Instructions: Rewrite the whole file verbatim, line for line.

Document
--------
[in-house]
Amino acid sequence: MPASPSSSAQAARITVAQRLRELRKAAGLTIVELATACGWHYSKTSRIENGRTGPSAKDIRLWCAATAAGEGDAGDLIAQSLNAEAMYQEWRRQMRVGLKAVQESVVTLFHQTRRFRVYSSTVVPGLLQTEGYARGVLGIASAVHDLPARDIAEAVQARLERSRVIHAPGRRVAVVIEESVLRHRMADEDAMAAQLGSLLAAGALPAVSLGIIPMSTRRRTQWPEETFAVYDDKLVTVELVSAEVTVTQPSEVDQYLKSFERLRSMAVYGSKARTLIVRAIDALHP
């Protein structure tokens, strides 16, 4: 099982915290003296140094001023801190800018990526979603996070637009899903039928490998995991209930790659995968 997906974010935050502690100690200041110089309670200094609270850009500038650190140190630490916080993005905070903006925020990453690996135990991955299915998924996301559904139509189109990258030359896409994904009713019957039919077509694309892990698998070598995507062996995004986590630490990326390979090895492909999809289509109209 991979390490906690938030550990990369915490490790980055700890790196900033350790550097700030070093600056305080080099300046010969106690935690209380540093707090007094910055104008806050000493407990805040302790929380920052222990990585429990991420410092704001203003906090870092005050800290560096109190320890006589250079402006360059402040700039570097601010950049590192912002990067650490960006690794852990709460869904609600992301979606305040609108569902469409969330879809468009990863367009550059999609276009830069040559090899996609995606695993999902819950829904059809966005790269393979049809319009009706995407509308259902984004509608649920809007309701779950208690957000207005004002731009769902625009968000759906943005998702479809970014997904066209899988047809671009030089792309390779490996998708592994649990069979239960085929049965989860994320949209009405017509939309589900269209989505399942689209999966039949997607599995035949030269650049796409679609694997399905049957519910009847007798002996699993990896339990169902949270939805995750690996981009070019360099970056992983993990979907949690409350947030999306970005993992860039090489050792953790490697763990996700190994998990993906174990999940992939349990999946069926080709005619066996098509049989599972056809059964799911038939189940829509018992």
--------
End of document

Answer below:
[in-house]
Amino acid sequence: MPASPSSSAQAARITVAQRLRELRKAAGLTIVELATACGWHYSKTSRIENGRTGPSAKDIRLWCAATAAGEGDAGDLIAQSLNAEAMYQEWRRQMRVGLKAVQESVVTLFHQTRRFRVYSSTVVPGLLQTEGYARGVLGIASAVHDLPARDIAEAVQARLERSRVIHAPGRRVAVVIEESVLRHRMADEDAMAAQLGSLLAAGALPAVSLGIIPMSTRRRTQWPEETFAVYDDKLVTVELVSAEVTVTQPSEVDQYLKSFERLRSMAVYGSKARTLIVRAIDALHP
């Protein structure tokens, strides 16, 4: 099982915290003296140094001023801190800018990526979603996070637009899903039928490998995991209930790659995968 997906974010935050502690100690200041110089309670200094609270850009500038650190140190630490916080993005905070903006925020990453690996135990991955299915998924996301559904139509189109990258030359896409994904009713019957039919077509694309892990698998070598995507062996995004986590630490990326390979090895492909999809289509109209 991979390490906690938030550990990369915490490790980055700890790196900033350790550097700030070093600056305080080099300046010969106690935690209380540093707090007094910055104008806050000493407990805040302790929380920052222990990585429990991420410092704001203003906090870092005050800290560096109190320890006589250079402006360059402040700039570097601010950049590192912002990067650490960006690794852990709460869904609600992301979606305040609108569902469409969330879809468009990863367009550059999609276009830069040559090899996609995606695993999902819950829904059809966005790269393979049809319009009706995407509308259902984004509608649920809007309701779950208690957000207005004002731009769902625009968000759906943005998702479809970014997904066209899988047809671009030089792309390779490996998708592994649990069979239960085929049965989860994320949209009405017509939309589900269209989505399942689209999966039949997607599995035949030269650049796409679609694997399905049957519910009847007798002996699993990896339990169902949270939805995750690996981009070019360099970056992983993990979907949690409350947030999306970005993992860039090489050792953790490697763990996700190994998990993906174990999940992939349990999946069926080709005619066996098509049989599972056809059964799911038939189940829509018992």